Last summer I taught a course at the University of Toronto called “American Tragedy: Guns and Mass Shootings in U.S. History.” One memorable day, my 20 mostly Canadian students reflected on the frequency of mass shootings in America and how these calamities don’t receive much public interest unless the gunman claims several lives. One student remarked: “Reading about this stuff makes me so sad. It also makes me happy to live in Canada, where we don’t have to worry about this kind of thing.”
As an expatriate from California, I have felt this same sense of gratitude many times. Watching news reels and Twitter feeds about the next mass shooting back home, I would reflect that Toronto seemed immune to the kind of gun violence that I had witnessed and written about in Los Angeles and Philadelphia.… Seguir leyendo »
En un soleado patio de la prisión de esta pujante ciudad fronteriza, un preso de 23 años me explicó con calma cómo cada año traficaba cientos de armas desde Estados Unidos a México.
Me contó que nunca se molestó en pagarles a estadounidenses para que compraran las armas por él. Explicaba que, cuando quería adquirir armamento, iba a una de las muchas exposiciones de armas que cada fin de semana se celebran en Dallas y aprovechaba las dinámicas de esos eventos para comprar armas de fuego sin pasar por una verificación de antecedentes o tener que presentar algún documento de ciudadanía.… Seguir leyendo »
Emma González, la chica de nombre flaubertiano y apellido latino, fue recientemente vinculada al comunismo justo por las mismas razones que en un país comunista la vincularían al capitalismo. Si lo sabrán quienes alguna vez se educaron en la uniformidad estética de las escuelas que todavía hoy incluyen en sus programas de estudios —aun cuando la historia haya sido lo suficientemente clara al respecto— asignaturas avasallantes como el marxismo leninismo inspirado en los viejos manuales soviéticos.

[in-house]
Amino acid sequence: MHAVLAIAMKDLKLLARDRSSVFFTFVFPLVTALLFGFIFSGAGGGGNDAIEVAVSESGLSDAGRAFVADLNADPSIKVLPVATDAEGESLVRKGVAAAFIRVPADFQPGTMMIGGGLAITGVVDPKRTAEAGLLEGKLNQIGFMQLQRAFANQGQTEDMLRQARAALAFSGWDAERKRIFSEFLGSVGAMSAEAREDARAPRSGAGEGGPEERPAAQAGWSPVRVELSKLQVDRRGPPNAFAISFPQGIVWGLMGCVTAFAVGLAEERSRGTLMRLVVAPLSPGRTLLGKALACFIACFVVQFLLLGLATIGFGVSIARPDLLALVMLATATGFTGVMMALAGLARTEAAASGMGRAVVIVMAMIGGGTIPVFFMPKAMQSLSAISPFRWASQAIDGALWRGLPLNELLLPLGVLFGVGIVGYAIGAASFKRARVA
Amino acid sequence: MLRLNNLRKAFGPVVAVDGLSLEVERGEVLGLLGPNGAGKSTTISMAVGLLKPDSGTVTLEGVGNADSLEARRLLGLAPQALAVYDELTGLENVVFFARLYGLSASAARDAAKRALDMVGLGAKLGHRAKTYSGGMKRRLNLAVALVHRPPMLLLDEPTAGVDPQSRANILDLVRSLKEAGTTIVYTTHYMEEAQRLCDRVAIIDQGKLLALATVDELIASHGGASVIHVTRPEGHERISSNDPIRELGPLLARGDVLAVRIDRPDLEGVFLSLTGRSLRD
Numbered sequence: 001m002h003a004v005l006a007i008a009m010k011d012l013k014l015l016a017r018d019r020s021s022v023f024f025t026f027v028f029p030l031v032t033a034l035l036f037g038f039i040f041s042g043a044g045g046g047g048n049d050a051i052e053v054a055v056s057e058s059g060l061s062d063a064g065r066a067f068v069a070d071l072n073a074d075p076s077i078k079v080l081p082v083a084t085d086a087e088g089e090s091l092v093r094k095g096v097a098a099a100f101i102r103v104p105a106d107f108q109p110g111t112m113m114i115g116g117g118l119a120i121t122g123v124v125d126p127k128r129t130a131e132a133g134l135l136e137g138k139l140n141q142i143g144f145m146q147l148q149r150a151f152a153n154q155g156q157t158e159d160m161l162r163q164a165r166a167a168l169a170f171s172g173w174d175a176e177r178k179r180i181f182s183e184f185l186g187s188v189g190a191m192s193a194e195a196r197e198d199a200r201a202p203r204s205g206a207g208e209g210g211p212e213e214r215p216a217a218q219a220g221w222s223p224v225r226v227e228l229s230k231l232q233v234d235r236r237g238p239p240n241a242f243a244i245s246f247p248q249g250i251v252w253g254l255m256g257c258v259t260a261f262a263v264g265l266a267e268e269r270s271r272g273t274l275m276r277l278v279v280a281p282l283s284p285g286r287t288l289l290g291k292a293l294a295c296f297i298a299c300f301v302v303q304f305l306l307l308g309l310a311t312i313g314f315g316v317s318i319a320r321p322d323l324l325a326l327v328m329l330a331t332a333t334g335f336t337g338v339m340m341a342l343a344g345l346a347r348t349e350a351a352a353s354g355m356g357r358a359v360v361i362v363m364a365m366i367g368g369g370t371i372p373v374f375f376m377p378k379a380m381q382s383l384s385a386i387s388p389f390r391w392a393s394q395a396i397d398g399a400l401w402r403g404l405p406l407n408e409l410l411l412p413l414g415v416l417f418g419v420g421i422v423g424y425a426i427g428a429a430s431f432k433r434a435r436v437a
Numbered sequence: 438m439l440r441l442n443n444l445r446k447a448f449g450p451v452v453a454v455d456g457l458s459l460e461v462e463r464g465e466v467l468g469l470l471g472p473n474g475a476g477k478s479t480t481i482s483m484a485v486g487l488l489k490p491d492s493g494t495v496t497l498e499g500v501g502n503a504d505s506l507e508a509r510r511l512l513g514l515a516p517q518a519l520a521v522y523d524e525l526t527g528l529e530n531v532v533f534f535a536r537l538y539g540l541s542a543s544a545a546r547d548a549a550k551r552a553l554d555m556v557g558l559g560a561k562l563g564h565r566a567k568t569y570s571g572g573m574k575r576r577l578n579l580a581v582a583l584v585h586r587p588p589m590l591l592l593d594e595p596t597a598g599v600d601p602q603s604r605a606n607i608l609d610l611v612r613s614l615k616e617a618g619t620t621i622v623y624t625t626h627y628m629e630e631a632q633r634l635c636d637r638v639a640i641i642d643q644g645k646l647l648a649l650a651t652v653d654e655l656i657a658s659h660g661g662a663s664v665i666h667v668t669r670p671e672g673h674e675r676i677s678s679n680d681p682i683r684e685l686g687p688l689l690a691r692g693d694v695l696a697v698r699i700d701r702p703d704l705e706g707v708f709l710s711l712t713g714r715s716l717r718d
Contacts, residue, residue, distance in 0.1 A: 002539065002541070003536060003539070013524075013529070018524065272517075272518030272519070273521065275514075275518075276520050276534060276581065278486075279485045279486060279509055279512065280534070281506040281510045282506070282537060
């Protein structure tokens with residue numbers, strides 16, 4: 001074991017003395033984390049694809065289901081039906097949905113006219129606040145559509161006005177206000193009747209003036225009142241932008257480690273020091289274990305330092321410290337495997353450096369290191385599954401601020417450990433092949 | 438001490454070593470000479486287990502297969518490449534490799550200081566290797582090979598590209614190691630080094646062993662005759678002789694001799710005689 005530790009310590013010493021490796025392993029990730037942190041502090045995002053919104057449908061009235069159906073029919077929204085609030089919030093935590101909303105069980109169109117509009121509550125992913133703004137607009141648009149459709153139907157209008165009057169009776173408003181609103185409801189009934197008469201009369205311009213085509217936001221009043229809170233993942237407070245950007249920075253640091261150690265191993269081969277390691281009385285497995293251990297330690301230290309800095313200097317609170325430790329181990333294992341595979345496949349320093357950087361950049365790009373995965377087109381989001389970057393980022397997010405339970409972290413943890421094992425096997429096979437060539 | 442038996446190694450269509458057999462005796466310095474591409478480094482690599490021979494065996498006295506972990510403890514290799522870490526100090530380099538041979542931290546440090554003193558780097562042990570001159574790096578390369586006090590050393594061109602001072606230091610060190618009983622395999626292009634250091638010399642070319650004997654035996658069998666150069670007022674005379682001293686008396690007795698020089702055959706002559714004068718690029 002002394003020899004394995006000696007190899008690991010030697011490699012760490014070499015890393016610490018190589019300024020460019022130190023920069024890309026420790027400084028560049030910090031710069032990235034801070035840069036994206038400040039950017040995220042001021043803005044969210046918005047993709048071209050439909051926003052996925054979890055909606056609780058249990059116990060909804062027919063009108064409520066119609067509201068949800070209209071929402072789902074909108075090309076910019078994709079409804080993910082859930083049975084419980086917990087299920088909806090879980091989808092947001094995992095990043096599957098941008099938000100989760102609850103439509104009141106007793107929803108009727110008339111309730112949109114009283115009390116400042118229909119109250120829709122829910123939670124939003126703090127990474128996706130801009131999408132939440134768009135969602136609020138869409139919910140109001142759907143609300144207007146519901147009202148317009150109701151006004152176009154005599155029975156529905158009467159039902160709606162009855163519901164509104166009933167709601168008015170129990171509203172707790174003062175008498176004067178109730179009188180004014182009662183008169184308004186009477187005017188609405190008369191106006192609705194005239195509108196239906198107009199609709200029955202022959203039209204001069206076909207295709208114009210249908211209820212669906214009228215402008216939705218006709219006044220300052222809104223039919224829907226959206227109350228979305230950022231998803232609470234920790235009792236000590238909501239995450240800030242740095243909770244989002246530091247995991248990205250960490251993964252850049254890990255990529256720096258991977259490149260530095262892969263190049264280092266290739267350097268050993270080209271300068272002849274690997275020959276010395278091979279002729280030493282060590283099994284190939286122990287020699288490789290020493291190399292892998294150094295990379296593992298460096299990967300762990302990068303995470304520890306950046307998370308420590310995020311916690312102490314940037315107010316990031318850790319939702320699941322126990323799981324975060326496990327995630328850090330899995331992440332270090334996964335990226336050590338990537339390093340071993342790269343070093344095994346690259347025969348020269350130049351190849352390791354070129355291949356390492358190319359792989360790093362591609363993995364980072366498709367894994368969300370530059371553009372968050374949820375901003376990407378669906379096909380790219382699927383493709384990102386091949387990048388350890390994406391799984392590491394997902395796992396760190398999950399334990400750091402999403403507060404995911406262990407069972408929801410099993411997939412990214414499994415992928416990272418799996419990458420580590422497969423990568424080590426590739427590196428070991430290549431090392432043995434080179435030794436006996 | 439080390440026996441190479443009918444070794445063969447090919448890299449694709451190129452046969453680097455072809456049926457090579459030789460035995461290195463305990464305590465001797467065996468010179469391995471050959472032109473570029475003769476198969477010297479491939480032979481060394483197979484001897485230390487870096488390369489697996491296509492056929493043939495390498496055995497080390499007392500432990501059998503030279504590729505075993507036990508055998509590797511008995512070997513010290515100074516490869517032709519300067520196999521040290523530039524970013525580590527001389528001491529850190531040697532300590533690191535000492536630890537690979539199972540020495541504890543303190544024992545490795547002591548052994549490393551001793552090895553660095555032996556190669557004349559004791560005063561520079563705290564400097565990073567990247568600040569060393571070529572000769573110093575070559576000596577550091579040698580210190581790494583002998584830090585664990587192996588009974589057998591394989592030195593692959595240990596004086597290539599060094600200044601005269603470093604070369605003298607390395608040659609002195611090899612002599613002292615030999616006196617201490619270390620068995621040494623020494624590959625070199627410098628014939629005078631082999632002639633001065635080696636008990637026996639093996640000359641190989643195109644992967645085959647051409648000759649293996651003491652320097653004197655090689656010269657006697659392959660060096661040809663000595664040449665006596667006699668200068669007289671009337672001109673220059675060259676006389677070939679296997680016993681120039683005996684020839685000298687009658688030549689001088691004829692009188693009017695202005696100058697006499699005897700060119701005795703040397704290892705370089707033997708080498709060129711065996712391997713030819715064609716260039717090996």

La líder de las crecientes protestas juveniles que exigen un mayor control sobre la venta de armas en Estados Unidos, luego del tiroteo de Parkland, subió al estrado en Washington D.… Seguir leyendo »
I. New York City
“She hid under her desk. She didn’t know what was going on,” Heidi said of her twelve-year-old daughter Melinda, who stood at the March for Our Lives in New York City with Deanna, her nine-year-old sister, holding a sign that read, Enough is enough. Her phone had been in her book bag, so for twenty minutes she couldn’t contact anyone. While they waited as the school was on lockdown, a pregnant teacher rubbed her belly. It turned out to be a false alarm, but Melinda and her classmates were shaken. “This has become such a common occurrence,” Heidi told us, looking at her daughters.… Seguir leyendo »